Interview: Random Acts Theatre, The Gog/Magog Project

Good evening, Ladies and Gentlemen, and let me invite you into my askew little project…”

So begins The Gog/Magog Project, a dark comedy and “absurdist circus in a cage” from Random Acts Theatre, making their London debut at the Lion and Unicorn Theatre in Camden. More than a decade ago, Alexander Gog embarked on a radical experiment, caging himself in a theatre and delivering nightly performances from his cell for a period of one year as part of The Gog/Magog Project. Tragically, what was meant to be one year has become fifteen, with Gog moved from venue to venue, country to country, and made to survive on a diet of The Daily Telegraph and Banana-Flavoured ‘Moon Pies’.


“Broadly speaking the show is about the lengths a person will go to for the sake of artistic expression,” explains Kate Wilson, the show’s producer, “though it is also something of a critique of much contemporary commercial theatre. Alexander Gog acts as a voice against the mundane, run of the mill plays we are so often subject to. The Gog/Magog Project is a witty social commentary with culture at its heart.”

Gog’s situation has caught the attention of civil rights authorities, who claim that he’s being exploited for the financial gain of the pharmaceutical industry, sporting goods manufacturers, and government interests, and call for his immediate release despite his seemingly voluntary imprisonment. From behind the bars of his home, Gog – played by Random Acts co-founder Adam Brummitt – takes audiences with him in “a virtuoso performance which is as unnerving as it is hilarious”.

It all sounds a bit disturbing, particularly since the show is billed as “not for the faint hearted”. Should we be scared…? “No, I don’t think so,” says Kate. “The humour is somewhat dark, and sometimes a little uncomfortable, though even as Gog’s grip on reality begins to recede the play continues to draw laughter.”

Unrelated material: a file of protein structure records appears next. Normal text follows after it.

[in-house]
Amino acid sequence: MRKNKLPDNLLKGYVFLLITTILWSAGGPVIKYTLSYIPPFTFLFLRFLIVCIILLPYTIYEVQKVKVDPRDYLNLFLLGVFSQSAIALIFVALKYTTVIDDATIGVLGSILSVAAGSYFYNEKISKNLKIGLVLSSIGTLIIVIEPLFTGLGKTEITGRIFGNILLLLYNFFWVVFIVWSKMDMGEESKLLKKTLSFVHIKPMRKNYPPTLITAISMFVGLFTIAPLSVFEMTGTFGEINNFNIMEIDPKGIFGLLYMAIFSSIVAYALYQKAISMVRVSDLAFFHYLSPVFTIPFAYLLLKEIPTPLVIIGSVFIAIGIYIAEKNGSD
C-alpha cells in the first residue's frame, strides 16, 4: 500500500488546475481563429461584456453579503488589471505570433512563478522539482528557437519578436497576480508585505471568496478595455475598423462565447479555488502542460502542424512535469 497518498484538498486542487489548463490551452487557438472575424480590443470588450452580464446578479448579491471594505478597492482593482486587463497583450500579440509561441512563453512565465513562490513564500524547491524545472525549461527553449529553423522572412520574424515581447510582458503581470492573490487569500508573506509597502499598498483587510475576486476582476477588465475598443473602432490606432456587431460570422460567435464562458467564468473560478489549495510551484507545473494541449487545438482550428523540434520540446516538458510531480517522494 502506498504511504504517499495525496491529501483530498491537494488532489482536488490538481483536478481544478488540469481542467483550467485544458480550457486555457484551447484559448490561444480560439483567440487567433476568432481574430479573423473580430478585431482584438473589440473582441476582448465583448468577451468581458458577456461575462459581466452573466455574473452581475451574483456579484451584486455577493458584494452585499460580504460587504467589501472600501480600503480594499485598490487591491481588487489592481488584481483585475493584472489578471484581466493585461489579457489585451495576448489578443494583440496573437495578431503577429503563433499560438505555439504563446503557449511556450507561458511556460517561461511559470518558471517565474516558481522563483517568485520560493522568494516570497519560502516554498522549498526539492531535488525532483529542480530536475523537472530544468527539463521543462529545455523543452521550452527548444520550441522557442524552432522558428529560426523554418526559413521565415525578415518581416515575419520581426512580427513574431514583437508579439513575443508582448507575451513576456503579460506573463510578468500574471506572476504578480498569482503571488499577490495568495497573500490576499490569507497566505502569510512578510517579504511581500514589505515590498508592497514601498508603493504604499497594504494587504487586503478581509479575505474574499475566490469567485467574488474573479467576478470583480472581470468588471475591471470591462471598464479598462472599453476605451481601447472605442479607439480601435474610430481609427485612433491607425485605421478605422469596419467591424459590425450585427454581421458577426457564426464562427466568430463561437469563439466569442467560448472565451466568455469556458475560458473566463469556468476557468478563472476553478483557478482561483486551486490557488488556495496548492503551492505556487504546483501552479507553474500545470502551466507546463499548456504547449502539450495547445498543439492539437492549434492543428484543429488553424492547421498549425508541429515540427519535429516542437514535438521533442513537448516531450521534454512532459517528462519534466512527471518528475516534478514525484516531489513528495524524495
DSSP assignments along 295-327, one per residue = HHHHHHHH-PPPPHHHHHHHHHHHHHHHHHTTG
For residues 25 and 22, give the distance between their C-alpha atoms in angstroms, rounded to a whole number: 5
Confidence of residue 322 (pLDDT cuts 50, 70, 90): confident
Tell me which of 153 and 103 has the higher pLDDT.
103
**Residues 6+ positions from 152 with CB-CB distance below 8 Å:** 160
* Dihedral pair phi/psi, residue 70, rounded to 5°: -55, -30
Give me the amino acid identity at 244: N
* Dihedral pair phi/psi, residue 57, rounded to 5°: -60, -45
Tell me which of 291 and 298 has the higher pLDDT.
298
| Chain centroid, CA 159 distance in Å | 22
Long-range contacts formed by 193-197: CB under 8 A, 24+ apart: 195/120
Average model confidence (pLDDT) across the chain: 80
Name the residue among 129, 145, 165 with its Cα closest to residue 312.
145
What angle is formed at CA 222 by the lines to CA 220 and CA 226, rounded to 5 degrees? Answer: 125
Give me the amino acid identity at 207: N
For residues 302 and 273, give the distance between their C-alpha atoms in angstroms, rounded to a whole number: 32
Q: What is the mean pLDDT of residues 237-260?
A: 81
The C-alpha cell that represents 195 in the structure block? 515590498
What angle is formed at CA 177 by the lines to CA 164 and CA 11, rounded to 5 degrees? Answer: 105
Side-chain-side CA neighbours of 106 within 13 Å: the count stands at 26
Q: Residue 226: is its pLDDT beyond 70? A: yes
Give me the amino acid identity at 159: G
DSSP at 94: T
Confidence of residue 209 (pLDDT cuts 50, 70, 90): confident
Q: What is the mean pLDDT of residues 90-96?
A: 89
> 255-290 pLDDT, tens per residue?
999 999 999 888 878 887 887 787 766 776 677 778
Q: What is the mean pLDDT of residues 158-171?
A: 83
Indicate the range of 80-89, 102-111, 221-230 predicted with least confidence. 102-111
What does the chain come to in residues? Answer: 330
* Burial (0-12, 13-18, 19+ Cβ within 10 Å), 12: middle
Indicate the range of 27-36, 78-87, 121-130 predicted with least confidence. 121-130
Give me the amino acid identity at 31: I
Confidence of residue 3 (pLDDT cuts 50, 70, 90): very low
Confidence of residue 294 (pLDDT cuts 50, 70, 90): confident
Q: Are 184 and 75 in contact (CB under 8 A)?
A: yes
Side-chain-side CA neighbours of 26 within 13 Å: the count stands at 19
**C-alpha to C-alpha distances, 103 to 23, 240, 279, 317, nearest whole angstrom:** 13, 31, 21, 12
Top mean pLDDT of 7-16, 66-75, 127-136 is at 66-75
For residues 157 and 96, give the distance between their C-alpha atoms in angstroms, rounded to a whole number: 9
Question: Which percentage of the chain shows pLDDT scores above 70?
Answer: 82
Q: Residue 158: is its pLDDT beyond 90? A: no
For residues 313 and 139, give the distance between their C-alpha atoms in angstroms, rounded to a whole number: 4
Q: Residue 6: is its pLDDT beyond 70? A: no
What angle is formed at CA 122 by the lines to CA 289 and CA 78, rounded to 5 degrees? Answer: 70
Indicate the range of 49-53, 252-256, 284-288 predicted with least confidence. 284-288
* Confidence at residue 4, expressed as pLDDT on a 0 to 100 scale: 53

Random Acts Theatre was founded in 2001 by Adam Brummitt and Khnemu Menu-Ra, when they were both drama undergraduates. Since then, the company has produced work consistently in St Louis, Chicago, and Exeter, where Kate came on board and helped produce the first two runs of The Gog/Magog Project. “As a company, Random Acts Theatre is dedicated to confronting issues from which people might otherwise shy away. Given this, the idea of a play which critiques mainstream theatre seemed an obvious choice. It is also an outstanding piece of writing in its own right, from a playwright whose work has not been produced in London before now.”

In fact The Gog/Magog Project is Random Acts’ first London show in their 15-year history. “We are extremely excited about the first of many shows in the capital, and the prospect of introducing audiences to a host of innovative and original productions.

The Gog/Magog Project is the perfect antidote to the sameness of many of the plays housed on the West End. Jason Lindner’s script, with Adam Brummitt’s additions, make for an entertaining and memorable evening, and one which will make viewers consider their role as an audience member.”

The Gog/Magog Project is at The Lion and Unicorn Theatre until 29th October.

One thought on “Interview: Random Acts Theatre, The Gog/Magog Project

  1. I saw this in Exeter and was hugely entertained in a somewhat gobsmacking way. Ideal! Exeter’s loss is the capital’s gain for sure. I love the existential exploration with which Random Acts Theatres work is riddled.


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